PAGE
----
WASHINGTON — Six years ago, Sen. Lindsey Graham crafted a rare type of bill that blocked the U.S. government from punishing an Aiken high school girl for a crime her mother had committed long ago - smuggling her across the Mexico border as an infant.
Seven months ago, Griselda Lopez Negrete graduated from the University of South Carolina in Aiken with an honors degree in business administration - and as a permanent legal resident of the United States on a path toward citizenship.
Graham, though, has taken a different path.
Graham is now opposing a measure that would grant the same protections to children of illegal immigrants that he provided Negrete in 2004.
The senator sees no contradiction between his past support for immigration reforms - branded "amnesty" by fellow South Carolina Republican Sen. Jim DeMint - and his current stance against a measure to create a conditional route to citizenship for as many as 500,000 children of illegal immigrants.
The House passed the DREAM Act - for Development, Relief and Education for Alien Minors - late Wednesday, and the Senate is expected to vote on it next week.
"I'm not saying the DREAM Act is bad," Graham told McClatchy on Thursday. "I'm saying that the DREAM Act done by itself is a formula for disaster because you're inviting people to come here illegally."
House Majority Whip Jim Clyburn, however, said the bill applies only to those already in the country at the time of passage.
Graham, who voted against a similar Senate measure in 2007, said it must be part of broader legislation that secures the U.S.-Mexico border, overhauls federal guest worker programs and enacts other reforms.
The House-passed bill makes immigrants younger than 30 eligible for legal residency if they entered the United States before age 16, lived here for at least five years without committing a serious crime and graduated from high school.
The undocumented youths would also have to attend college or serve in the military for two years or more under the House measure.
"I am proud that in this toxic political climate, the House did the right thing and passed good common-sense bipartisan legislation that gives our Latino brothers and sisters a chance to contribute to our country's future," Clyburn said.
House Budget Committee chairman John Spratt also voted for the measure. Three of South Carolina's four Republican representatives cast ballots against it.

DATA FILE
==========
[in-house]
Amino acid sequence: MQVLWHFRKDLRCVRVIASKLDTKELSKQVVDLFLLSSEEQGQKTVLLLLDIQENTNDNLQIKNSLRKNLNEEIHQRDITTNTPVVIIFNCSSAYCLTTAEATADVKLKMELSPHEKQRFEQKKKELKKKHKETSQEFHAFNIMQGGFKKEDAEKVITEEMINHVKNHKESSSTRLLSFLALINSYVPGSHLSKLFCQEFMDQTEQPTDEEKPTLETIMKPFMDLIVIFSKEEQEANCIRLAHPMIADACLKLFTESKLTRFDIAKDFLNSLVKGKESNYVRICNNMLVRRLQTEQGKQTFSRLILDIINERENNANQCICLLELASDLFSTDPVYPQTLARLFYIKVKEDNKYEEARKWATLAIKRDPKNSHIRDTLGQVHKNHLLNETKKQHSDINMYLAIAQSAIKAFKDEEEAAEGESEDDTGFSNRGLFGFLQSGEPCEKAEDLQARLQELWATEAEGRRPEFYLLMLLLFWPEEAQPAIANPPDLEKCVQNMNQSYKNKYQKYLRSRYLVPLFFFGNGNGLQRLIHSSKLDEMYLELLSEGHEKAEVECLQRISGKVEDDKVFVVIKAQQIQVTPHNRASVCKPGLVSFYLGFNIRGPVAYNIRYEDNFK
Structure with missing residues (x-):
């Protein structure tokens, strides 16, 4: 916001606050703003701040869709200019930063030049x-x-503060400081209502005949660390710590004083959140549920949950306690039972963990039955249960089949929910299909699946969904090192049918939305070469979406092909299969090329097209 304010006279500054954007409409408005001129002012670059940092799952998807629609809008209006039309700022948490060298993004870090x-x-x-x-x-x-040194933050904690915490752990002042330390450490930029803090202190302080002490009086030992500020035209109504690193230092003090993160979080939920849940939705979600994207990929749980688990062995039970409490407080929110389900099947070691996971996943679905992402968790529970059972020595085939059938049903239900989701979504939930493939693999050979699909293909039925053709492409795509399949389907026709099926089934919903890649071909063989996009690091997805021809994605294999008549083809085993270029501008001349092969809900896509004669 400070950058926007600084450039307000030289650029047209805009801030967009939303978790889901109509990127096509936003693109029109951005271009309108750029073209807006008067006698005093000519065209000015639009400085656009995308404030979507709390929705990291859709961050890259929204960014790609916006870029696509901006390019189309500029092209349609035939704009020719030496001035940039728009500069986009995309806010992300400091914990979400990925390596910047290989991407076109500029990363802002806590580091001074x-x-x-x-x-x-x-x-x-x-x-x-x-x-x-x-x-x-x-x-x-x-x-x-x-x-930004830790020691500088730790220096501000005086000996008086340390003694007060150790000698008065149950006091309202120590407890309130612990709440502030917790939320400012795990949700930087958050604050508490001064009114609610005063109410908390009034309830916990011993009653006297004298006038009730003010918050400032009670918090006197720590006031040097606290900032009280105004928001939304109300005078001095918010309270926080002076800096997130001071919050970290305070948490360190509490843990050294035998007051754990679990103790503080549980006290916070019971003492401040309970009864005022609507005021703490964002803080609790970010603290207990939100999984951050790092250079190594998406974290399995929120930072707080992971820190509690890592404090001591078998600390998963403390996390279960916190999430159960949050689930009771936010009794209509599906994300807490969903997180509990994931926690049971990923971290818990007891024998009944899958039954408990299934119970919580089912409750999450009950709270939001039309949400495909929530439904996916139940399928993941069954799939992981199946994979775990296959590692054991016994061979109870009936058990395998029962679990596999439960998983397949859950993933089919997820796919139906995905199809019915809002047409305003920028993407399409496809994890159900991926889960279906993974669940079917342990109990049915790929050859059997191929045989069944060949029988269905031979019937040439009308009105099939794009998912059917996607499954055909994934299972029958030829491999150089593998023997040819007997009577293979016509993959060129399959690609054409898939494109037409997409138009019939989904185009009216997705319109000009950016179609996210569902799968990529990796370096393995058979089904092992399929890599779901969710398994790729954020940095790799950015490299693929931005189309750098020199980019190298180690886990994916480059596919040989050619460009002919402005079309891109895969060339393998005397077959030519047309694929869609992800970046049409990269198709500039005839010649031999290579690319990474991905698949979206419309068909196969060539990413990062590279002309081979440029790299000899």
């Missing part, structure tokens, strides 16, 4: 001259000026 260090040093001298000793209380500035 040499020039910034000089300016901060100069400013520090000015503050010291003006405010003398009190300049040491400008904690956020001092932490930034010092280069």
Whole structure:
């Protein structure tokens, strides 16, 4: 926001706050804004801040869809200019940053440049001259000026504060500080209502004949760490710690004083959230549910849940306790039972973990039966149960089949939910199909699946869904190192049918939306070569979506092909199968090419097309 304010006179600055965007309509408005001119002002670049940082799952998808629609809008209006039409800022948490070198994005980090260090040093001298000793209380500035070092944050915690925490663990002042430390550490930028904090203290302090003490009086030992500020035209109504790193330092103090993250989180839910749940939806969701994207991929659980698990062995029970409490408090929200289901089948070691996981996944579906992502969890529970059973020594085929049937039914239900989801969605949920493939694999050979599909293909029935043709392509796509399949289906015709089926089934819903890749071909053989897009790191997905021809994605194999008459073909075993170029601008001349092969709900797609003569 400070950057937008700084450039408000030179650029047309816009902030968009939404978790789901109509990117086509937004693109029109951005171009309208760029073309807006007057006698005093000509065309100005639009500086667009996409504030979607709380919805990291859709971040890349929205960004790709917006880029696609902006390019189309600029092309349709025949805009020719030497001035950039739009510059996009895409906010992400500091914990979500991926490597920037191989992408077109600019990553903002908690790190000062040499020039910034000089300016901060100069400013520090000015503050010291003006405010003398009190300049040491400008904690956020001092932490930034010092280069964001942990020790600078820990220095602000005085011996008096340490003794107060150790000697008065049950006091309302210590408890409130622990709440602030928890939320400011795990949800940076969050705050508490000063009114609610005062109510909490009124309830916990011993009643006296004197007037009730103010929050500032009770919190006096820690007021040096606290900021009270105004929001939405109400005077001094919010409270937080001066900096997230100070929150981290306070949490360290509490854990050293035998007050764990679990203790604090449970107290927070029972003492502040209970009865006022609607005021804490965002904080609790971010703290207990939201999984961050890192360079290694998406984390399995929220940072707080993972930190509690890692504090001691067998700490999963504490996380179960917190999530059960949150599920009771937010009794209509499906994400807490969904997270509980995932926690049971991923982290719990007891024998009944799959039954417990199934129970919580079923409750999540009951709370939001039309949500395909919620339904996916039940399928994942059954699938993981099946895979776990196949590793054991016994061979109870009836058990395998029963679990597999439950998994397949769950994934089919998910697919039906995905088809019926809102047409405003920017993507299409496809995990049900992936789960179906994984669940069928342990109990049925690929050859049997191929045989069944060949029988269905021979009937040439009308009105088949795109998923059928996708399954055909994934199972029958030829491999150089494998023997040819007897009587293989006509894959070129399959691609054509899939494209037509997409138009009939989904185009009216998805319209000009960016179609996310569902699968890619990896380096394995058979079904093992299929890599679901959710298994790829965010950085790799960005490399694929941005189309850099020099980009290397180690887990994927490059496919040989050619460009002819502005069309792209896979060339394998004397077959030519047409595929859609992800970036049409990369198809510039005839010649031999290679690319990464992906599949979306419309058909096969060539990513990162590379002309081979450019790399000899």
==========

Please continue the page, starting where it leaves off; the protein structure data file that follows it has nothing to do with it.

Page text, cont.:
"Passage of the DREAM Act is unfair to American citizens and an insult to immigrants who have followed the proper protocols to become U.S. citizens," said Rep. Gresham Barrett, a Westminister Republican who will leave Congress next month after an unsuccessful gubernatorial run.
Rep. Bob Inglis of Travelers Rest, who lost to Upstate Republican challenger Trey Gowdy in the June primary, was among eight GOP representatives who voted for the bill.
Graham accused Democrats who pushed the legislation of playing "a silly, stupid game" aimed at alienating Hispanics from Republicans.
Predicting that the DREAM Act will "go down in flames" in the Senate with at least eight Democrats opposing it, Graham said the party's congressional leaders are pushing it to fulfill a promise by Senate Majority Leader Harry Reid during the Nevadan's tough re-election campaign.
Hispanics, who make up a significant portion of Nevada voters, helped Reid narrowly defeat Republican challenger Sharron Angle in the Nov. 2 election.
Graham said he aided Negrete because she had a compelling personal story, including the tragedy of her mother's death when she was 8. She was later adopted by her uncle.
"I wanted to help her because she was in a very unique situation," Graham said. "I can't help everybody, but I could help her."
Graham's aides noted that after he introduced his "private bill" on her behalf, which froze deportation procedures, Negrete still had to apply for legal residency from her hometown in Mexico.
Graham said the 2007 bipartisan reform legislation he backed with President George W. Bush, Sen. John McCain and Sen. Ted Kennedy provided legal status for an estimated 12 million illegal immigrants, but he said the bill also stiffened enforcement and tightened border controls.
"I believe in comprehensive reform," Graham said.
"When you look at our last bill, it had [provisions of] the DREAM Act in it, but we did border security, we did a temporary worker program, we did it all."